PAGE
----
Autonomy, Inducements and Organ Sales

  • James Stacey Taylor


It is widely known that the number of organs that become available for transplant each year falls far short of the number that are needed. Various methods of alleviating this shortage have been proposed, ranging from increasing public awareness of the organ shortage to encourage donation to introducing a policy of presumed consent, in which organs can be harvested from persons after their death unless they have expressly forbidden this. With one notable exception, all of the proposed methods of alleviating the chronic shortage of available transplant organs enjoy widespread support, even if they might also suffer from similarly widespread opposition. This exception is the proposal that markets should be used to procure additional transplant organs. This proposal has, as Janet Radcliffe Richards has noted, been condemned by almost all who are involved in the discussion of how to increase the number of available transplant organs, irrespective of their political or ethical commitments.1 The arch-conservative Leon Kass, appointed by George W. Bush to be the Chairman of the President’s Council on Bioethics, for example, condemns the use of markets to secure an additional supply of transplant organs with as much venom as its more politically radical opponents, such as Nancy Scheper-Hughes and Lawrence Cohen.2


Human Kidney Current Market Organ Sales Human Body Part Human Transplant 
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  1. 1.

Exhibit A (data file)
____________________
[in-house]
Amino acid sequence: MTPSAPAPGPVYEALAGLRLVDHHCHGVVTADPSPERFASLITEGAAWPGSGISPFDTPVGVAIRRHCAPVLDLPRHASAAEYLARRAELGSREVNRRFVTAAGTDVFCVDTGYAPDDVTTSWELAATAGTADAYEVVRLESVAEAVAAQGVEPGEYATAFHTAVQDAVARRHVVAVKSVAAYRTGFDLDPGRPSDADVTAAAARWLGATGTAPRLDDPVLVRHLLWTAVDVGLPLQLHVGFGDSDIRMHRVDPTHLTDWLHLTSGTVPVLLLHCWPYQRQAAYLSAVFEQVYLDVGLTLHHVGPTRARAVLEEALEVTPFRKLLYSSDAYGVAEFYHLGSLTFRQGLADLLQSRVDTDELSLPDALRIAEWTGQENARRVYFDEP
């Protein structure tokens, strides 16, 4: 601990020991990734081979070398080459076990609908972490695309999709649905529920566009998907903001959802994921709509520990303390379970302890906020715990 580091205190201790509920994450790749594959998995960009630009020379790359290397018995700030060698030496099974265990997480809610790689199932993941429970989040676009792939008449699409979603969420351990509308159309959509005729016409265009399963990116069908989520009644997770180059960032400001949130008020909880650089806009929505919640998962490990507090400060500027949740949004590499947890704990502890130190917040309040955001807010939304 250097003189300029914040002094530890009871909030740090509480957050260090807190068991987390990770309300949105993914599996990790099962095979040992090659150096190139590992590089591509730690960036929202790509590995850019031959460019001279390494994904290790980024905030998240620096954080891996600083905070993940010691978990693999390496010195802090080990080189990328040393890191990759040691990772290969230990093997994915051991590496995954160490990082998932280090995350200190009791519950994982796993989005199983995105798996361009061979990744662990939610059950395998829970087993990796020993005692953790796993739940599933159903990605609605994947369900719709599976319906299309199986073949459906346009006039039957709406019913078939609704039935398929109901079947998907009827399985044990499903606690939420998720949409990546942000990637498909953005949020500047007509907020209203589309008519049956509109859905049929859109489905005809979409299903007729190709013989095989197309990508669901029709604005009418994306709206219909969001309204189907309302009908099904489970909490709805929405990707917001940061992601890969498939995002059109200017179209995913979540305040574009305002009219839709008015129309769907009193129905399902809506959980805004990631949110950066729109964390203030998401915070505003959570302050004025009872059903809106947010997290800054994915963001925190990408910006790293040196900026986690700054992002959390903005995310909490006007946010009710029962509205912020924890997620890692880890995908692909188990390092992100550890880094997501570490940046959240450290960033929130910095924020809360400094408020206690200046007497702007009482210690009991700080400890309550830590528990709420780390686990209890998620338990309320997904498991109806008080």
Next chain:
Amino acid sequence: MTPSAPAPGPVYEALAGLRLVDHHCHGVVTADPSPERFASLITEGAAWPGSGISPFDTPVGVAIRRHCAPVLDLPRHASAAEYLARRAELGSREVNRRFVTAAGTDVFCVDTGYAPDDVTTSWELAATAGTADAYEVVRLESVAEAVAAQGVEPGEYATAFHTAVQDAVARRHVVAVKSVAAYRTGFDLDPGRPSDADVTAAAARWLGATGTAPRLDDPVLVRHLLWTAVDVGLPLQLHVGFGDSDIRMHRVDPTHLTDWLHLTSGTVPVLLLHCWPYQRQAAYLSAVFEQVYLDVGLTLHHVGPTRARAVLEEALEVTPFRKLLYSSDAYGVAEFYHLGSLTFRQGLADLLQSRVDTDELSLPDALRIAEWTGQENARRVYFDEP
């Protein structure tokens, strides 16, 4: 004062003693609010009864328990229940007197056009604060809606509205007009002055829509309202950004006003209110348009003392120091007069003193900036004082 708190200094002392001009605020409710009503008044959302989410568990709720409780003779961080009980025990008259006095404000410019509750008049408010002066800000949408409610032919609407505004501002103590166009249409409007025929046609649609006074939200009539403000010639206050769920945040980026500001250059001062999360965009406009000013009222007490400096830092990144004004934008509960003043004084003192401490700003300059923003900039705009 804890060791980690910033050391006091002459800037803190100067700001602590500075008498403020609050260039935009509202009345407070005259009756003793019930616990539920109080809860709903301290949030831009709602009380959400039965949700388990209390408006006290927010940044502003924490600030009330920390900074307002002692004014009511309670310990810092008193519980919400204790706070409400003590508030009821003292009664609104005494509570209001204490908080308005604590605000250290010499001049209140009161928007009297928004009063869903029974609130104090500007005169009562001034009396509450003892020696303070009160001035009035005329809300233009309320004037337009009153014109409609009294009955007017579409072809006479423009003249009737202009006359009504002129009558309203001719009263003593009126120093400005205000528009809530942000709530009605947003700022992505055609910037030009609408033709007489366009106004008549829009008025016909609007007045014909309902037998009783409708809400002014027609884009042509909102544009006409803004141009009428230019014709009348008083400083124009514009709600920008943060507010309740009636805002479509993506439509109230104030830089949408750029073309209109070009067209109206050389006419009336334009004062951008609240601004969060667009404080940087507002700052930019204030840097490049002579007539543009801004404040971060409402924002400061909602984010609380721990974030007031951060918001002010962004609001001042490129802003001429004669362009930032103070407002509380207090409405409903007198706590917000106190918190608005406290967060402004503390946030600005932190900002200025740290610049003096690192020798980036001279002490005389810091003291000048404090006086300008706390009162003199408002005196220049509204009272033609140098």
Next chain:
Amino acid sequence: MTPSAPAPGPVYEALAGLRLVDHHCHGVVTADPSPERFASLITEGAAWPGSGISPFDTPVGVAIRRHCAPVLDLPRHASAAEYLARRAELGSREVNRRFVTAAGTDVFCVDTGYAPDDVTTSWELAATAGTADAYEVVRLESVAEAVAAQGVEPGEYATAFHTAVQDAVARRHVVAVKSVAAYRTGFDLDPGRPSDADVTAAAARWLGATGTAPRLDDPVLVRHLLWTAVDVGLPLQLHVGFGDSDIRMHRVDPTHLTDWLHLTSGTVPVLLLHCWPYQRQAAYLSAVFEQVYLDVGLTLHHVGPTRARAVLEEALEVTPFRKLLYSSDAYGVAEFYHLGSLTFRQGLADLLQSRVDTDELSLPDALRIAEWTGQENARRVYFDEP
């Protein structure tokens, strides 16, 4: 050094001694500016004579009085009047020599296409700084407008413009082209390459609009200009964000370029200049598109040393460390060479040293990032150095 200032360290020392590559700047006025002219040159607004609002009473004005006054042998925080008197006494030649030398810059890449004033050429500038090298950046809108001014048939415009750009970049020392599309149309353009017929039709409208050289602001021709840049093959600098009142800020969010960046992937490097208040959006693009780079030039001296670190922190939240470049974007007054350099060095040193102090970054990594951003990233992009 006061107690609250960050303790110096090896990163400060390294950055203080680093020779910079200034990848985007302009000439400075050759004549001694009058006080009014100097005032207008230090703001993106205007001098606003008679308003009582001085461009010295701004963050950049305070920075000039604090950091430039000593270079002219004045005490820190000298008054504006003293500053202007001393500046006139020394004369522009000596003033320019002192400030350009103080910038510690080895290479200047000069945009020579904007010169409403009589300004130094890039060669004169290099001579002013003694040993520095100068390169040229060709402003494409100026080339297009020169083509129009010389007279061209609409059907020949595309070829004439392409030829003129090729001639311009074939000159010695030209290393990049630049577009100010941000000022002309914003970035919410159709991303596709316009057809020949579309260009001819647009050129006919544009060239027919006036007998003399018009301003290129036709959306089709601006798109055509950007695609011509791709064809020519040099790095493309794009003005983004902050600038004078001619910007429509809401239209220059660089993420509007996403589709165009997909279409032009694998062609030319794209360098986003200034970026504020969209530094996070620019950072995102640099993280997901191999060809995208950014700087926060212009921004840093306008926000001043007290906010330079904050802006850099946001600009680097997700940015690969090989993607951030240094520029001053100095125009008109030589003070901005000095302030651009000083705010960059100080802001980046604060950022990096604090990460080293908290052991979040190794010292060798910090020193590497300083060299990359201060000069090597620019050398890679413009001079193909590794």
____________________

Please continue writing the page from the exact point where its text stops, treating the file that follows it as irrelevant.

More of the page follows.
Janet Radcliffe Richards (1996) ‘Nepharious Goings On: Kidney Sales and Moral Arguments’, The Journal of Medicine and Philosophy, 21, p. 375.CrossRefGoogle Scholar
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    See, for example, Mario Morelli (1999) ‘Commerce in Organs: A Kantian Critique’, Journal of Social Philosophy, 30(2), pp. 315–24CrossRefGoogle Scholar
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    T. L. Zutlevics (2001) ‘Markets and the Needy: Organ Sales or Aid?, Journal of Applied Philosophy, 18(3), pp. 297–302.CrossRefGoogle Scholar
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    See Janet Smith (1997) ‘The Pre-Eminence of Autonomy in Bioethics’, in David S. Oderberg and Jacqueline A. Laing (eds.) Human Lives: Critical Essays on Consequentialist Bioethics (New York: St. Martin’s Press), pp. 182–95.CrossRefGoogle Scholar
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    This autonomy-based pro-market argument is offered by Gerald Dworkin (1994) ‘Markets and Morals: The Case for Organ Sales’, in Gerald Dworkin (ed.), Morality, Harm, and the Law (Boulder, CO: Westview Press), pp. 155–61.Google Scholar
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    See James Stacey Taylor (2002) ‘Autonomy, Constraining Options, and Organ Sales’, Journal of Applied Philosophy, 19(3), pp. 273–85; and (2004) Stakes and Kidneys: Why Markets in Human Body Parts are Morally Imperative (Aldershot: Ashgate Press), chapter 4.CrossRefGoogle Scholar